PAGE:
Of course, my friends participated in acting too. While at the fine arts grade school, we all wanted to be actors. We once tried out for a commercial (as a group), and most of our school was an extra in a small movie. I even once read for a movie. Because I hung out with creative types, I dated them too. Most of my boyfriends from the age of 15 (when I had my first "real" boyfriend) through college were actors/singers/theater people.
I didn't get into the theater program at DePaul, nor the communications school at Northwestern (my other outlet being journalism). So instead I attended Augustana to major in English and minor in journalism and theater. Augustana is pretty small (only a couple thousand students) and all my friends were either in the journalism or theater programs or both. I continued to date the actors and writers, and I continued to want to be an actor. My freshman year I tried out for, but did not make the two main stage productions. But I did get cast in two different roles for the student produced plays (again, something that generally was unheard of). When I wasn't in a play, I participated by being on the stage crew, helping with costumes.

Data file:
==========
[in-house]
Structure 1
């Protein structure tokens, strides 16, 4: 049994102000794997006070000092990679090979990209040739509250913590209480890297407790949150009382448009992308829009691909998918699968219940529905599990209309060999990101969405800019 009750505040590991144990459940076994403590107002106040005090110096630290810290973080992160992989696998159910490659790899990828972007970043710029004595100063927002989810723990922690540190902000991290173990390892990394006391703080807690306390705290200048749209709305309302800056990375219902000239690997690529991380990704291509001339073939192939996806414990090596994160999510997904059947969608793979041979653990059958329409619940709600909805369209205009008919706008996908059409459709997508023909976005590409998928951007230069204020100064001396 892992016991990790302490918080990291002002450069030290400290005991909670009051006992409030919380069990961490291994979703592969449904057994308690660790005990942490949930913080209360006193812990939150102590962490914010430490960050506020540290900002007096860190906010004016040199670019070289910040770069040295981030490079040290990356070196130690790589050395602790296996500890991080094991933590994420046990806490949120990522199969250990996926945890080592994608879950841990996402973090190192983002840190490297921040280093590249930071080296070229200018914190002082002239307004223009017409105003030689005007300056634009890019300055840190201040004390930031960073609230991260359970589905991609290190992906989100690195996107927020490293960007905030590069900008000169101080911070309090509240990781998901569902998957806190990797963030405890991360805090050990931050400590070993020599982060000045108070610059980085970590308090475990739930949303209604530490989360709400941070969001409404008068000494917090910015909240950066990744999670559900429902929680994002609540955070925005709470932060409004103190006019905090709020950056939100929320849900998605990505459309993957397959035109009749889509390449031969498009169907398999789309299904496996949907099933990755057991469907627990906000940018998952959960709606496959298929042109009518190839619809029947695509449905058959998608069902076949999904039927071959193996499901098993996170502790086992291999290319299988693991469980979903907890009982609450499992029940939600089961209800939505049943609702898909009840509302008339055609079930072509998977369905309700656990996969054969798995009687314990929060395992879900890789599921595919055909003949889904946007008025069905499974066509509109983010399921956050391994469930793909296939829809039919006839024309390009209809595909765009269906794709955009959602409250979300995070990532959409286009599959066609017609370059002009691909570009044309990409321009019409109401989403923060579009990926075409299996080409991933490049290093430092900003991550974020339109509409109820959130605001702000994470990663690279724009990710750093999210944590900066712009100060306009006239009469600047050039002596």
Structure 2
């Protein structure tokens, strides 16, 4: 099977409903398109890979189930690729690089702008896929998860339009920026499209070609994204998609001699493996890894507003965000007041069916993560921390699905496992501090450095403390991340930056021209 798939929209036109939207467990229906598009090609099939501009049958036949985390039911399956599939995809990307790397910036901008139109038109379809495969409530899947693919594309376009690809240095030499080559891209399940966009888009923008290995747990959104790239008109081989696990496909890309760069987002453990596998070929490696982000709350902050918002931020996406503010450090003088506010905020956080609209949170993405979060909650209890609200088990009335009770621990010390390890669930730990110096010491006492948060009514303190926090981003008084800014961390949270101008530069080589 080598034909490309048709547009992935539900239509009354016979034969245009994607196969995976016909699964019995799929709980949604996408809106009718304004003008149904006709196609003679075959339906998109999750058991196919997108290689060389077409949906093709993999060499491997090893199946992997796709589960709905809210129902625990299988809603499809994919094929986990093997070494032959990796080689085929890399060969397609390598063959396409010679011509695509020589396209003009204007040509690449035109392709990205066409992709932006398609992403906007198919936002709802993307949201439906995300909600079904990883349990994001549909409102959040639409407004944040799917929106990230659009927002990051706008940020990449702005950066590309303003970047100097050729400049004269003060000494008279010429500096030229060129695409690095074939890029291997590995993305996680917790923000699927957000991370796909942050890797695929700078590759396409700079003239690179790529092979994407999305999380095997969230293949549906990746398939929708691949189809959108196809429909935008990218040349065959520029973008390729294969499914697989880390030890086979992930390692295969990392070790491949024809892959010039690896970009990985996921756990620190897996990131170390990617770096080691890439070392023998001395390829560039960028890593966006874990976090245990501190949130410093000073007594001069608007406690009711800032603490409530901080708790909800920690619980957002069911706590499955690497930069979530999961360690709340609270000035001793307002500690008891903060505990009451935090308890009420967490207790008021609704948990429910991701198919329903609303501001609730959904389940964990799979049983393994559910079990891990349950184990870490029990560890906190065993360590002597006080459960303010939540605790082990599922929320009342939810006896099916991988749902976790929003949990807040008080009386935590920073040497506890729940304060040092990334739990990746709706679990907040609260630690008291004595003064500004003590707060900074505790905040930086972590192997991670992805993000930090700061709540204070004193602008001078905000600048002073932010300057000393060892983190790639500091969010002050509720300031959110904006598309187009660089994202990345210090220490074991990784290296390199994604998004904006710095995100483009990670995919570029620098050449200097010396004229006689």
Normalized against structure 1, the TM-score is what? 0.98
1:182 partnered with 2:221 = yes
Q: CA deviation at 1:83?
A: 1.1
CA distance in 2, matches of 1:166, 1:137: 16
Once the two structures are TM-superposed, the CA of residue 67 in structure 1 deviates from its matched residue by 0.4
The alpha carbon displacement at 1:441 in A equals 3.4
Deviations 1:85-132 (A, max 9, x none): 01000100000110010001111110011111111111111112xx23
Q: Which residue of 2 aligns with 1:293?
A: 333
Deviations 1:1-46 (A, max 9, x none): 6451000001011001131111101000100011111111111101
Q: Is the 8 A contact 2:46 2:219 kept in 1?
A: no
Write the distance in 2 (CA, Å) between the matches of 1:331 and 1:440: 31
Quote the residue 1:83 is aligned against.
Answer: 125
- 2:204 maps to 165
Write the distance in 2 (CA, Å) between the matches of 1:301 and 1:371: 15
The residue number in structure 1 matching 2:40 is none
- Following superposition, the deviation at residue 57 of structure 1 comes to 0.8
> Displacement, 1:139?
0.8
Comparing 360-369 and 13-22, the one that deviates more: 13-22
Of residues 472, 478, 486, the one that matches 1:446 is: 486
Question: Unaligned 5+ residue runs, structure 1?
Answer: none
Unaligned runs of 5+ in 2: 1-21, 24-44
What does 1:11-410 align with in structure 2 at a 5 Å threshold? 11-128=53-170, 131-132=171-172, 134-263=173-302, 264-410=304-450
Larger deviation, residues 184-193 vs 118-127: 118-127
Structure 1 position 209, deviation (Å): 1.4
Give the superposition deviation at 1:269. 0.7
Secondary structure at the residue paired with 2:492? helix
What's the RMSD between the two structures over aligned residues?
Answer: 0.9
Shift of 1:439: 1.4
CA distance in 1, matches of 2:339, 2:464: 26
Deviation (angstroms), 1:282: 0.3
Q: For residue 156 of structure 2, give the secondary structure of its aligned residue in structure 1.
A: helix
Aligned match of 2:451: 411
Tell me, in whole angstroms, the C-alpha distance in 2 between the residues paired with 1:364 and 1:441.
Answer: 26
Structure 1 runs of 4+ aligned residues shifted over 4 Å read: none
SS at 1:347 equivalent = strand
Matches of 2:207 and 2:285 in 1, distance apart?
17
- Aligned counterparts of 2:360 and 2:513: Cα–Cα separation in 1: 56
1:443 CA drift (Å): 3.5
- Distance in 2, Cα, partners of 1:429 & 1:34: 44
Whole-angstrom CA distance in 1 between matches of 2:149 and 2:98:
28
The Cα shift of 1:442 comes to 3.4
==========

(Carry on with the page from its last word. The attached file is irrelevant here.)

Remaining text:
Maybe because Augustana is so small, and my circle of friends so incestuous, or maybe because actors tend to be fairly self-centered, or maybe I never was fully committed to the theater and being an actor, but the whole thing was starting to wear thin. I no longer felt apart of that crowd, and once you don't feel apart of it, the rest of the crowd senses it and pushes you out. I was dating someone who was a talented actor, but a untalented boyfriend. And I never was cast in one of the main stage plays. That year, I gave up acting and my dreams of being a great and famous actor. For the most part, I also gave up dating actors and performers (though I had a slight slip in the late 90s that once again nailed that lesson home).
All of this left me with a strong dislike of most things "theater." Since college, I have had occasions to be friends with people involved in some sort of performance - be it improv or spoken word - and it always pains me a bit to see the inner workings of a performance, to hear the theater jargon bantered about ("strike the set" "green room"), to see the urgency in the stage managers movements and the nervousness in the performers eyes. I experience that mixed emotion of knowing too much about the process, an insider's knowledge, and jealousy that I am not involved and that they do not look at me and see a kindred spirit, but just another audience member.
Is this what happens to our dreams? Do we become audience members who must pay to look in to share in the experience? Maybe so, maybe so.